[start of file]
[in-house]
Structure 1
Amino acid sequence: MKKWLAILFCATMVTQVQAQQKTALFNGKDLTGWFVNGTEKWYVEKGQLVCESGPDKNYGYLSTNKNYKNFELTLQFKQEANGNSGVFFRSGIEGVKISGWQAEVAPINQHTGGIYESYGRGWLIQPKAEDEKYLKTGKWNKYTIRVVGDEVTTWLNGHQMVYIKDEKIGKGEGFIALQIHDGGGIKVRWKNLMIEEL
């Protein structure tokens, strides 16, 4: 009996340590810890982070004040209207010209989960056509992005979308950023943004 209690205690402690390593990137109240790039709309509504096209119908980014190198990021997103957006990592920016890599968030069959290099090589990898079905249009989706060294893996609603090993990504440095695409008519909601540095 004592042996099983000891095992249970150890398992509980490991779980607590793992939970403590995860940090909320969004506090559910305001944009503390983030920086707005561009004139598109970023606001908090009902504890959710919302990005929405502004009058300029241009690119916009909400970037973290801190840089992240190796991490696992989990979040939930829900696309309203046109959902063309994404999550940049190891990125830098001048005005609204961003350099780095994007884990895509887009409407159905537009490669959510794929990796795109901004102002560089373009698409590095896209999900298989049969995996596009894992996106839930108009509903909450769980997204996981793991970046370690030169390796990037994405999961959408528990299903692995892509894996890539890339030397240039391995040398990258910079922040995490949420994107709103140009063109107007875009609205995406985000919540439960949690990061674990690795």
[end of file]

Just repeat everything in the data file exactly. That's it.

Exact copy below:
[in-house]
Structure 1
Amino acid sequence: MKKWLAILFCATMVTQVQAQQKTALFNGKDLTGWFVNGTEKWYVEKGQLVCESGPDKNYGYLSTNKNYKNFELTLQFKQEANGNSGVFFRSGIEGVKISGWQAEVAPINQHTGGIYESYGRGWLIQPKAEDEKYLKTGKWNKYTIRVVGDEVTTWLNGHQMVYIKDEKIGKGEGFIALQIHDGGGIKVRWKNLMIEEL
């Protein structure tokens, strides 16, 4: 009996340590810890982070004040209207010209989960056509992005979308950023943004 209690205690402690390593990137109240790039709309509504096209119908980014190198990021997103957006990592920016890599968030069959290099090589990898079905249009989706060294893996609603090993990504440095695409008519909601540095 004592042996099983000891095992249970150890398992509980490991779980607590793992939970403590995860940090909320969004506090559910305001944009503390983030920086707005561009004139598109970023606001908090009902504890959710919302990005929405502004009058300029241009690119916009909400970037973290801190840089992240190796991490696992989990979040939930829900696309309203046109959902063309994404999550940049190891990125830098001048005005609204961003350099780095994007884990895509887009409407159905537009490669959510794929990796795109901004102002560089373009698409590095896209999900298989049969995996596009894992996106839930108009509903909450769980997204996981793991970046370690030169390796990037994405999961959408528990299903692995892509894996890539890339030397240039391995040398990258910079922040995490949420994107709103140009063109107007875009609205995406985000919540439960949690990061674990690795």